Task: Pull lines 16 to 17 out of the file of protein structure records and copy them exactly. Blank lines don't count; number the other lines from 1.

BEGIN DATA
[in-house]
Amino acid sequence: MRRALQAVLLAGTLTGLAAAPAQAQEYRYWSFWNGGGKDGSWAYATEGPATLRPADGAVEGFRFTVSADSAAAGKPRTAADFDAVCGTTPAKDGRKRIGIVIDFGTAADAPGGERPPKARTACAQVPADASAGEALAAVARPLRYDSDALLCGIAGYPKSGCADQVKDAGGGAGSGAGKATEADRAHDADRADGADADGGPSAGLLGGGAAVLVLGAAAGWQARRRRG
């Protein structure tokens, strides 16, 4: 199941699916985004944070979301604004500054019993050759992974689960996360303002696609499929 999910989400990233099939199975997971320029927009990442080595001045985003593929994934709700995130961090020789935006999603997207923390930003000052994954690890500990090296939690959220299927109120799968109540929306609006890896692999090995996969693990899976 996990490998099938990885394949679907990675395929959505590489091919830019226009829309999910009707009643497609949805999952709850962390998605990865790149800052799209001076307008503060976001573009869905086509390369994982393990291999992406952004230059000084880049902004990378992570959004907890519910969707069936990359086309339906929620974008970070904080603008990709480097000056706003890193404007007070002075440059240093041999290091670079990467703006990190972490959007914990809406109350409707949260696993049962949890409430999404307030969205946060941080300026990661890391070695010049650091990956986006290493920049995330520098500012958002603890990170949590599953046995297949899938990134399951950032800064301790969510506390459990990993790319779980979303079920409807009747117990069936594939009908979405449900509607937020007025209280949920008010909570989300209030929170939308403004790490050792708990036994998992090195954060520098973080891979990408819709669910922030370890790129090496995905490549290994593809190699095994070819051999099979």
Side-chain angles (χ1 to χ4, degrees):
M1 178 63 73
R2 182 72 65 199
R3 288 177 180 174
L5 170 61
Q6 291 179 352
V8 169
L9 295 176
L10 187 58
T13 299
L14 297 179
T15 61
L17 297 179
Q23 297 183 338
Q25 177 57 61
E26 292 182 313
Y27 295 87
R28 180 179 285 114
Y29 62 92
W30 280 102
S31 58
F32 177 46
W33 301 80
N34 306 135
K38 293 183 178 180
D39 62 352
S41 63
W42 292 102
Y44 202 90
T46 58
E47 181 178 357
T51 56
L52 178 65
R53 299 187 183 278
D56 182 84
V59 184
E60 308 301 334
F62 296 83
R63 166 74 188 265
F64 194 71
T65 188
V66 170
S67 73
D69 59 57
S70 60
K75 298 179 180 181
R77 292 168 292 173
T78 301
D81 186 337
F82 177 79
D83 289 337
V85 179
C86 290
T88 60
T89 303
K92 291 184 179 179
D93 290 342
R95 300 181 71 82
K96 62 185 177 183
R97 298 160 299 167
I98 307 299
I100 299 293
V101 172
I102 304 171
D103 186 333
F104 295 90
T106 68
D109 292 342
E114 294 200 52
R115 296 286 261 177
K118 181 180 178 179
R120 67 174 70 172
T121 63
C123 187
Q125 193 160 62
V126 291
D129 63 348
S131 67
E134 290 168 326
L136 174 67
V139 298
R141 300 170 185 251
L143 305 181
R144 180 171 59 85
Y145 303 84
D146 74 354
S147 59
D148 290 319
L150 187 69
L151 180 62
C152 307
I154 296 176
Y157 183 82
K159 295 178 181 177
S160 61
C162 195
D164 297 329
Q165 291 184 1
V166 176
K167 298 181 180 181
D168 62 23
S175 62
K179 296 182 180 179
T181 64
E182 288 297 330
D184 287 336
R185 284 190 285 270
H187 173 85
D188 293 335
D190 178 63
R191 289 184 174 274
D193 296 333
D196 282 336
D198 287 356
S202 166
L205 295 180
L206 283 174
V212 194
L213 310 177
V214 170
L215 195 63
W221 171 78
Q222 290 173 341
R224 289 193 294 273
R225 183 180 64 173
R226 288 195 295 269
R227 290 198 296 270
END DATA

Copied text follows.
L17 297 179
Q23 297 183 338